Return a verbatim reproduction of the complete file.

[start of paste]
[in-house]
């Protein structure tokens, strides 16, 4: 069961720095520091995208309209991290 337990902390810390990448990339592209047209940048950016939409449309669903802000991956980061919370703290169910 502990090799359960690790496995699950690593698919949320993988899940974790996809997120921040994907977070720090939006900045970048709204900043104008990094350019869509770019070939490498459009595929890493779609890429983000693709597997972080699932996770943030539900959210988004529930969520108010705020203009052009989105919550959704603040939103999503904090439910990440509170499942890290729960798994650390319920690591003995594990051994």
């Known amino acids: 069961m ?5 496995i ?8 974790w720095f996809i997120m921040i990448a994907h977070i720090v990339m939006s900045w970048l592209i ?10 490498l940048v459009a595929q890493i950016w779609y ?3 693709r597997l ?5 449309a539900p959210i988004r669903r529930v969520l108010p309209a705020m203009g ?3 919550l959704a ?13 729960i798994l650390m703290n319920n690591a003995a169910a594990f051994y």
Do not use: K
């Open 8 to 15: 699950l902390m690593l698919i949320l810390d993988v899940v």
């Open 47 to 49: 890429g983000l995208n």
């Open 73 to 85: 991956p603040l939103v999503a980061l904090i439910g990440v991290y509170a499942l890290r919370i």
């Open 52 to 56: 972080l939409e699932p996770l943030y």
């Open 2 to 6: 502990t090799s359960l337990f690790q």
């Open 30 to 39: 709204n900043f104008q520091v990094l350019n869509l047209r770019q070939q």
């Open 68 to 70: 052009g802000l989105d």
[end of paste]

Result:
[in-house]
């Protein structure tokens, strides 16, 4: 069961720095520091995208309209991290 337990902390810390990448990339592209047209940048950016939409449309669903802000991956980061919370703290169910 502990090799359960690790496995699950690593698919949320993988899940974790996809997120921040994907977070720090939006900045970048709204900043104008990094350019869509770019070939490498459009595929890493779609890429983000693709597997972080699932996770943030539900959210988004529930969520108010705020203009052009989105919550959704603040939103999503904090439910990440509170499942890290729960798994650390319920690591003995594990051994």
């Known amino acids: 069961m ?5 496995i ?8 974790w720095f996809i997120m921040i990448a994907h977070i720090v990339m939006s900045w970048l592209i ?10 490498l940048v459009a595929q890493i950016w779609y ?3 693709r597997l ?5 449309a539900p959210i988004r669903r529930v969520l108010p309209a705020m203009g ?3 919550l959704a ?13 729960i798994l650390m703290n319920n690591a003995a169910a594990f051994y």
Do not use: K
């Open 8 to 15: 699950l902390m690593l698919i949320l810390d993988v899940v």
């Open 47 to 49: 890429g983000l995208n």
């Open 73 to 85: 991956p603040l939103v999503a980061l904090i439910g990440v991290y509170a499942l890290r919370i």
């Open 52 to 56: 972080l939409e699932p996770l943030y």
């Open 2 to 6: 502990t090799s359960l337990f690790q």
């Open 30 to 39: 709204n900043f104008q520091v990094l350019n869509l047209r770019q070939q």
């Open 68 to 70: 052009g802000l989105d």